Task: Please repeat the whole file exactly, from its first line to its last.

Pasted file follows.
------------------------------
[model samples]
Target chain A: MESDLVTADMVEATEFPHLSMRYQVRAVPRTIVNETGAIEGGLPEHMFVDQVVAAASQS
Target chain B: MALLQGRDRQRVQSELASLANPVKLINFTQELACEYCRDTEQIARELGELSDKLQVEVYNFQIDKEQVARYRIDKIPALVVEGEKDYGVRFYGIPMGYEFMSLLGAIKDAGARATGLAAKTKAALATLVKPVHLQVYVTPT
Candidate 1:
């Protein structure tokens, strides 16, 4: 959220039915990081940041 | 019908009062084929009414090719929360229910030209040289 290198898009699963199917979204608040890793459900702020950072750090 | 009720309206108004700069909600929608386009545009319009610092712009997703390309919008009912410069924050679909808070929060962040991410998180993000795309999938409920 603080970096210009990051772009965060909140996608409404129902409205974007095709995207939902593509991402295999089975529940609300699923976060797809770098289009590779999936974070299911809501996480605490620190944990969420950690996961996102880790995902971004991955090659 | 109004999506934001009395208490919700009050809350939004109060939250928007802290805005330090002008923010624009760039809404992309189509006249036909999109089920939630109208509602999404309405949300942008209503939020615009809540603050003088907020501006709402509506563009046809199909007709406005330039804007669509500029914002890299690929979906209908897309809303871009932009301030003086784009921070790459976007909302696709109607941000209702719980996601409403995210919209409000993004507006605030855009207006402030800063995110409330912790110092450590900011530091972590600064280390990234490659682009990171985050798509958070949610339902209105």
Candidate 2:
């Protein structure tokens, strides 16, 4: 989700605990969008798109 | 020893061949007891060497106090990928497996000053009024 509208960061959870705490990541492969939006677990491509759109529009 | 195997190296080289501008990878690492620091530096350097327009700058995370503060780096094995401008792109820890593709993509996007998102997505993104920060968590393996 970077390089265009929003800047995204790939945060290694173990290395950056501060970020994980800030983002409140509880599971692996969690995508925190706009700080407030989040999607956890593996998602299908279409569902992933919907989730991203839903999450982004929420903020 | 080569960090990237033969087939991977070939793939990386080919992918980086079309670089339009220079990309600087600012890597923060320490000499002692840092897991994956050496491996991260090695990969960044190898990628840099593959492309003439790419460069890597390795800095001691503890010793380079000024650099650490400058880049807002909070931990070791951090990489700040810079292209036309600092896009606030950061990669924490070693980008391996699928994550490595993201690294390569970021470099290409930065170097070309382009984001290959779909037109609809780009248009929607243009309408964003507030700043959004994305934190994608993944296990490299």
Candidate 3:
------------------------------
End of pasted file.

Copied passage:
[model samples]
Target chain A: MESDLVTADMVEATEFPHLSMRYQVRAVPRTIVNETGAIEGGLPEHMFVDQVVAAASQS
Target chain B: MALLQGRDRQRVQSELASLANPVKLINFTQELACEYCRDTEQIARELGELSDKLQVEVYNFQIDKEQVARYRIDKIPALVVEGEKDYGVRFYGIPMGYEFMSLLGAIKDAGARATGLAAKTKAALATLVKPVHLQVYVTPT
Candidate 1:
């Protein structure tokens, strides 16, 4: 959220039915990081940041 | 019908009062084929009414090719929360229910030209040289 290198898009699963199917979204608040890793459900702020950072750090 | 009720309206108004700069909600929608386009545009319009610092712009997703390309919008009912410069924050679909808070929060962040991410998180993000795309999938409920 603080970096210009990051772009965060909140996608409404129902409205974007095709995207939902593509991402295999089975529940609300699923976060797809770098289009590779999936974070299911809501996480605490620190944990969420950690996961996102880790995902971004991955090659 | 109004999506934001009395208490919700009050809350939004109060939250928007802290805005330090002008923010624009760039809404992309189509006249036909999109089920939630109208509602999404309405949300942008209503939020615009809540603050003088907020501006709402509506563009046809199909007709406005330039804007669509500029914002890299690929979906209908897309809303871009932009301030003086784009921070790459976007909302696709109607941000209702719980996601409403995210919209409000993004507006605030855009207006402030800063995110409330912790110092450590900011530091972590600064280390990234490659682009990171985050798509958070949610339902209105």
Candidate 2:
């Protein structure tokens, strides 16, 4: 989700605990969008798109 | 020893061949007891060497106090990928497996000053009024 509208960061959870705490990541492969939006677990491509759109529009 | 195997190296080289501008990878690492620091530096350097327009700058995370503060780096094995401008792109820890593709993509996007998102997505993104920060968590393996 970077390089265009929003800047995204790939945060290694173990290395950056501060970020994980800030983002409140509880599971692996969690995508925190706009700080407030989040999607956890593996998602299908279409569902992933919907989730991203839903999450982004929420903020 | 080569960090990237033969087939991977070939793939990386080919992918980086079309670089339009220079990309600087600012890597923060320490000499002692840092897991994956050496491996991260090695990969960044190898990628840099593959492309003439790419460069890597390795800095001691503890010793380079000024650099650490400058880049807002909070931990070791951090990489700040810079292209036309600092896009606030950061990669924490070693980008391996699928994550490595993201690294390569970021470099290409930065170097070309382009984001290959779909037109609809780009248009929607243009309408964003507030700043959004994305934190994608993944296990490299």
Candidate 3: